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If you were on the east coast this weekend, storms, heavy winds, down trees and power outages kept many of us indoors.  As book lovers, we really don’t mind because it just gives us a chance to pick up that new Spring read we’ve been meaning to get to or return to one of our favorite classics. But, that was last week. This week, we’re getting out of the house and so should you! If you are in or around New York City, here are some of he best literary events happening this week in the Big Apple: Monday, March 5, 2018: Bard College Professor and bestselling author Daniel Mendelsohn will be reading from his new memoir, An Odyssey: A Father, a Son, and an…

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BookTrib Review: ‘Summer Hours at the Robbers Library’ Is Worth Checking Out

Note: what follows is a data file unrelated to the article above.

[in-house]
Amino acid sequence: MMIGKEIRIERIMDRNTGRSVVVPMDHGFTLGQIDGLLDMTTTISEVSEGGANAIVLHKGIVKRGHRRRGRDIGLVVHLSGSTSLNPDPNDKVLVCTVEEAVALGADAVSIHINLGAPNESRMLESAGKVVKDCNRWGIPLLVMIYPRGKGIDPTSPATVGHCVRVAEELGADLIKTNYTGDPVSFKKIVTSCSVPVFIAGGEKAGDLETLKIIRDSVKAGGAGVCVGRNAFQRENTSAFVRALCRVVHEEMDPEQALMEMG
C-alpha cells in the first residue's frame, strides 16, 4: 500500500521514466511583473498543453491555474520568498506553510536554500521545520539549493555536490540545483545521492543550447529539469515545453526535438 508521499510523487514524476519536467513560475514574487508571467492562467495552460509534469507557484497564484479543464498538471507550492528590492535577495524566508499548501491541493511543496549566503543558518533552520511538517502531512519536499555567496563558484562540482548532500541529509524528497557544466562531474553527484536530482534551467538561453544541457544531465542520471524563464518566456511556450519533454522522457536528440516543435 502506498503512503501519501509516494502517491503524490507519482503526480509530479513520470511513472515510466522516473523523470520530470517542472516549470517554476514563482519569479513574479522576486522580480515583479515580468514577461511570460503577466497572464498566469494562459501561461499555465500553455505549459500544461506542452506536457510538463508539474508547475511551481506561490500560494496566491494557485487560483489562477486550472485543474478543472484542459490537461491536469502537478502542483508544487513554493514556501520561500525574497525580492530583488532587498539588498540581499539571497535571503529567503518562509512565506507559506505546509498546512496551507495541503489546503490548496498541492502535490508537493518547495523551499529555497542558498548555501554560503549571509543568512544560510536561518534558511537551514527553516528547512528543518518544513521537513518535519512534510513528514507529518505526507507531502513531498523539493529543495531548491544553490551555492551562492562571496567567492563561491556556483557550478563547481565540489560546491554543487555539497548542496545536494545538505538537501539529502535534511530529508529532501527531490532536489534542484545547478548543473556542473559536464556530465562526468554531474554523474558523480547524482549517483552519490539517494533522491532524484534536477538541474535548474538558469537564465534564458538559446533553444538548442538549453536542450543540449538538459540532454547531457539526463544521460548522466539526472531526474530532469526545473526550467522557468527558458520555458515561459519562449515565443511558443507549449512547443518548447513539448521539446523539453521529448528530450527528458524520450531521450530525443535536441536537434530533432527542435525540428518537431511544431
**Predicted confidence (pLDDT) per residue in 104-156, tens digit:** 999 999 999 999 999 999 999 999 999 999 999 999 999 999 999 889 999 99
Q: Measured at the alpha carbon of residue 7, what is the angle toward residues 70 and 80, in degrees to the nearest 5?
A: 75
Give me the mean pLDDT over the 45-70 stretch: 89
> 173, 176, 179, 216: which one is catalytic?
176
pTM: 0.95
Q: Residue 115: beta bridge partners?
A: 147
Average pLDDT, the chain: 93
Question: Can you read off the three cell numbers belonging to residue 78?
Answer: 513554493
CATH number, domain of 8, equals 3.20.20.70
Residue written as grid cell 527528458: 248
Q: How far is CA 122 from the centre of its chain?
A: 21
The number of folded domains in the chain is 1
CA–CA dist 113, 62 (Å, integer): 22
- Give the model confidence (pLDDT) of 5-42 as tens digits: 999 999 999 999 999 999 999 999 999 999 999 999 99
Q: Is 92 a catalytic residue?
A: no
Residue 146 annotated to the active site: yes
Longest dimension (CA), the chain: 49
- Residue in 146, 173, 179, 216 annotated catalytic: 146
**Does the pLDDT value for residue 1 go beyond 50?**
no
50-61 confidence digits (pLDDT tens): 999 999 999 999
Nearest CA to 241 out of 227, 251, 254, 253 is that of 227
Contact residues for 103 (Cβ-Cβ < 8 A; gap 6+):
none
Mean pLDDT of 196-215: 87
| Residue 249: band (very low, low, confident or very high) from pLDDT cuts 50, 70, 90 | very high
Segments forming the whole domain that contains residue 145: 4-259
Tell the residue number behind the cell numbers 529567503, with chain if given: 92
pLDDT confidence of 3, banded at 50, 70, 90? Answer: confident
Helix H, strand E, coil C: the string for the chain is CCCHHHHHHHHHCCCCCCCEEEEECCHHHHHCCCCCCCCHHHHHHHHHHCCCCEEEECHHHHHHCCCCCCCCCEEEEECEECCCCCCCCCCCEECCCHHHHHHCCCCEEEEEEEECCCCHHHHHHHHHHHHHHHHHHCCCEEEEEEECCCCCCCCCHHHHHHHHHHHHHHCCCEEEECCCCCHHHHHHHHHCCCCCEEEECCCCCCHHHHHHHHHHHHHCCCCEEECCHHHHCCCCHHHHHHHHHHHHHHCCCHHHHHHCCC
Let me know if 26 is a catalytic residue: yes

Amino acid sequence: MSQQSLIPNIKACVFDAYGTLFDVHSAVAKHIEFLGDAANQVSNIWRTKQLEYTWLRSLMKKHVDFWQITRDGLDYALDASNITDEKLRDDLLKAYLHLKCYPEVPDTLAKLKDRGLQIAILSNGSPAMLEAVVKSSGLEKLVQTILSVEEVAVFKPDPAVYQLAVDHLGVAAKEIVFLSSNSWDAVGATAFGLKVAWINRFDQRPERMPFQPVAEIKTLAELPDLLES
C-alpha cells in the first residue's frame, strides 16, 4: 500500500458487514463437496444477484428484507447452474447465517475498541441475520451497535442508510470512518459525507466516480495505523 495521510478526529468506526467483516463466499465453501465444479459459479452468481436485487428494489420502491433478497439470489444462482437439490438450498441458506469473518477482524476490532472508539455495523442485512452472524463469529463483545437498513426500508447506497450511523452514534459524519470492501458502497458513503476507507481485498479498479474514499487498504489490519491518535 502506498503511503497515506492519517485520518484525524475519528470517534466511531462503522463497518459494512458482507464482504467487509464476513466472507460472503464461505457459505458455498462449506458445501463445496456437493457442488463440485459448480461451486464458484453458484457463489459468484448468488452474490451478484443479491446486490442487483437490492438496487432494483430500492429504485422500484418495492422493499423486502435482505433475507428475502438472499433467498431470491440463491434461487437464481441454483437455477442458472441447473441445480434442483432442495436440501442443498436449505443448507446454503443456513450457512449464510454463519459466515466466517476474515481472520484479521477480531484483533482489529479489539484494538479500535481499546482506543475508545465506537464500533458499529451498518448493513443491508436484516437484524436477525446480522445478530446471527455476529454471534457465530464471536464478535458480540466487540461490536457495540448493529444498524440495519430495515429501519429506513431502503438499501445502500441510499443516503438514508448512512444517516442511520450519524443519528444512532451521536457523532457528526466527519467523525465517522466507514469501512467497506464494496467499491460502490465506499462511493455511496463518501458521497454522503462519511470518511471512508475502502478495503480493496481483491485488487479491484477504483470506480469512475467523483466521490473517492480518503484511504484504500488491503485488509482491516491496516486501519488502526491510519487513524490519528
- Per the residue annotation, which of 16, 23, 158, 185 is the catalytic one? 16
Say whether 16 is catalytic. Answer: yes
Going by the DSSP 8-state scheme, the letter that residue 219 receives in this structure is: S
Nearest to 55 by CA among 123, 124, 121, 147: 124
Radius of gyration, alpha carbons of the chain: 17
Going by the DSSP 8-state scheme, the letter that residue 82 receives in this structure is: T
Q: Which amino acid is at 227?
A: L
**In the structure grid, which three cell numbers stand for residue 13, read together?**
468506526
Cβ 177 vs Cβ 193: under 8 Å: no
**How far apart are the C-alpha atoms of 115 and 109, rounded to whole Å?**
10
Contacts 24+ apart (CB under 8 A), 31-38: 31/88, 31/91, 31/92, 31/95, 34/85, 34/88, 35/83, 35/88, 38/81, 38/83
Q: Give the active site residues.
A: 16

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Libraries are here to stay. Long after your corner coffeehouse has been turned into a drug store, your local library will be there to embrace you with an ever-changing community of avid readers. Summer Hours at the Robbers Library (Harper Perennial) by veteran author and journalist Sue Halpern offers an introspective and poignant look at the lives of people who frequent libraries and the unlikely relationships that form between the pages. For Kit, the head librarian at the Robbers Library, libraries offer a sense of peace. No one expects her to talk about the problems that shook her out of the settled, quiet suburban life she thought she’d have forever. Kit’s peaceful life is headed for a surprise, however, with the arrival of 15-year-old,…

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‘The Great American Read’ Premieres in PBS in May